Crop scouting is basically an art form. Knowing what to look for out in the field is the key to success. By doing it right, scouts can help a grower proactively react to changes in the field and crop conditions. E4 Crop Intelligence is going to highlight a few things that crop scouts look for in your field.
Germination & Emergence
After seeding, scouts will return to the field when the crops germinate and emerge from the ground. They’ll look to see how uniform the plant stands are, identify if the planter had any skips that created gaps in the rows, uneven plant spacing, and evaluate the overall health of the seedlings.
Uniformity in emerged crops is a sign that the seeds had access to moisture in the seed zone and were planted at the right depth. A uniform crop stand has a significant impact on overall crop yields.
Any skips in the rows could indicate a problem with the planter, such as improper seed meter set up, low or high vacuum pressure, not enough tension in drive chains, or the seed bouncing out of the furrow. On the flip side, uneven plant spacing could be caused by worn-out seed tube guard, excessive row-unit bounce from the field, faster planting speeds, or seeds dropping directly out of the seed meter.
Scouts will check to see if the seedlings are in good health and if they have been affected by exposure to the weather, diseases, or insects. These early evaluations will help determine if replanting or if disease and insect treatment are required.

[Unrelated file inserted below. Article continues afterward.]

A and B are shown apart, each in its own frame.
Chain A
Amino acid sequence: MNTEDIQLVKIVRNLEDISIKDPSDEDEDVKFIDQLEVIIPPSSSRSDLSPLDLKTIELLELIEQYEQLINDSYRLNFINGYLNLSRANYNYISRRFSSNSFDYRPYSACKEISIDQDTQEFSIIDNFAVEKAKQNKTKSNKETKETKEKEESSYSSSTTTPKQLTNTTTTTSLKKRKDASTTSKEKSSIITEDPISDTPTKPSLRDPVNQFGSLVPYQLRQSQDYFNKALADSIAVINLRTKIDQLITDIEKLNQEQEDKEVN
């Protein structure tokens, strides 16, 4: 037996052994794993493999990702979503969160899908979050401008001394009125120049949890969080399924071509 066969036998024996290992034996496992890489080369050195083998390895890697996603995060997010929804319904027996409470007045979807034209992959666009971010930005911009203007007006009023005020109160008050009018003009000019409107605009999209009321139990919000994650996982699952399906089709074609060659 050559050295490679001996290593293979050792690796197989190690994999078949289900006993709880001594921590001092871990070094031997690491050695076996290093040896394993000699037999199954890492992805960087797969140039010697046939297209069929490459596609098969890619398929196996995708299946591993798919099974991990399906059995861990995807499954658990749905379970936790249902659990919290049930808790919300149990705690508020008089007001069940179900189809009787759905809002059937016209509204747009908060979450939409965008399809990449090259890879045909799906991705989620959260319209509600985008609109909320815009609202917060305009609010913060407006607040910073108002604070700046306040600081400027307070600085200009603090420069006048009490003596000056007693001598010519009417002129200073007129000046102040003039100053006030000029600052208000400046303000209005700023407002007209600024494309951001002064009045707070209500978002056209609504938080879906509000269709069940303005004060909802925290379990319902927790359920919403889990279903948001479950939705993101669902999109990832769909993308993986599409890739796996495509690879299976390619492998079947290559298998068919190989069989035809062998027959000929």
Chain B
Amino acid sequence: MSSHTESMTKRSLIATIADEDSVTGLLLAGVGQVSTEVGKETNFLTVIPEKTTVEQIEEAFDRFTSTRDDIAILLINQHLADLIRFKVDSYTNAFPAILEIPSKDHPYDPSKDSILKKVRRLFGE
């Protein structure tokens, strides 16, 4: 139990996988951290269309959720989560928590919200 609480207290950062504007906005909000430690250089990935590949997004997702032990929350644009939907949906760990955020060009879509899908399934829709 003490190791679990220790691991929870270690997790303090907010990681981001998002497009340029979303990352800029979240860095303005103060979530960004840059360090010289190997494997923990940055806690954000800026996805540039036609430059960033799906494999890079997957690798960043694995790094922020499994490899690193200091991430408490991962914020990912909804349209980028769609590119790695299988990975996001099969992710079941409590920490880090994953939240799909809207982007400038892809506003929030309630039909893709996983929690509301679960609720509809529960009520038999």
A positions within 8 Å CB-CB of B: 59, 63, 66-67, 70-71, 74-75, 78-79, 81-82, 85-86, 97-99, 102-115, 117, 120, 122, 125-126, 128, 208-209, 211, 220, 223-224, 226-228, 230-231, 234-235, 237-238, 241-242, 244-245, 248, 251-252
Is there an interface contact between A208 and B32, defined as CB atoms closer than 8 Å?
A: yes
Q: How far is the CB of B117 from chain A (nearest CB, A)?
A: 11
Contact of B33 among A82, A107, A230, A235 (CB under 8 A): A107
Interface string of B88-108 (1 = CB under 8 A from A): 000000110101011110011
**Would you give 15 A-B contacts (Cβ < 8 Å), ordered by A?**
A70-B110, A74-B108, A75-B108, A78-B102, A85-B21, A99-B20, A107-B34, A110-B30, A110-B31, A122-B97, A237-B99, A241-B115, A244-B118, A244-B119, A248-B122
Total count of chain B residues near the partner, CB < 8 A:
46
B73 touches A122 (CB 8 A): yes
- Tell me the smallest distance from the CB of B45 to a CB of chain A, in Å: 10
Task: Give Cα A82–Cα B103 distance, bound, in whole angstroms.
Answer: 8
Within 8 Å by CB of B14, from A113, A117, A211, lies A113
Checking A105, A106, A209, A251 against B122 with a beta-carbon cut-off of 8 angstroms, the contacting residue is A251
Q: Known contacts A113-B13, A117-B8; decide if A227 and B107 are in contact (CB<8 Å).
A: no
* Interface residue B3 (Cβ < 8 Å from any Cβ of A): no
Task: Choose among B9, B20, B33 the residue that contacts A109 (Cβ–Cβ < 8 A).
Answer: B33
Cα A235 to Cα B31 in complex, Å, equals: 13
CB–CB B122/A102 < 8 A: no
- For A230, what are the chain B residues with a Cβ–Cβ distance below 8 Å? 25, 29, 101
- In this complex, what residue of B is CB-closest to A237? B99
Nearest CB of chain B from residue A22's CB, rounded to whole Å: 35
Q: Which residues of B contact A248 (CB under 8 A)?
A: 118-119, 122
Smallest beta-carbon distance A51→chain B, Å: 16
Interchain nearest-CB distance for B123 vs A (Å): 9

Crop scouts look for weed pressure throughout the growing season. They look for any known weeds and identify any new invading weeds that might appear. With this type of information, scouts can make recommendations of the best herbicide control methods. Notes are also made on the location of any encroaching weeds. Overall, the continued scouting for weeds throughout the growing season helps inform on future management options and plans.
When looking for disease pressure, crop scouts inspect plants for damage from diseases. They do this by observing the roots, stems, leaves, and seed pods or heads. Different diseases affect specific areas of the crops. Tissue samples may be taken for a lab examination to confirm the diagnosis. The inspection for disease pressure will assist in determining if fungicide application is necessary.
When scouts are in the field looking for weeds and diseases the crops are also evaluated for damage from insects and other pests. Scouts also look at the roots, stems, leaves, and seeds for signs of insects. If insects are present, crop scouts have to gauge whether the number of bugs meets a threshold that requires control. The reason for having a certain threshold ensures that any insecticide or control option is going to be economical and impactful.
Crop Scouting With E4
E4’s expert crop scouts not only inspect fields rigorously for these different crop pressures, but they also provide a level of detailed crop inspection that is not commonly found with other services. Customers who have the E4 Scouting and Field Note services benefit from requesting inspections and indicating the number of scouting trips they would like E4 to make throughout the growing season.
Field technicians will record observations regarding the general field needs and conditions, disease and weed pressure, and any mechanical issues found on a digital field map using the E4 Field Notes software. The information is then available to the grower as a Scouting Report. Growers can make informed decisions, take action, and spend resources wisely through this crop scouting service. For other expert insight about what you can expect from E4 out in the field, explore other helpful articles on E4CropIntelligence.com/E4-Expertise.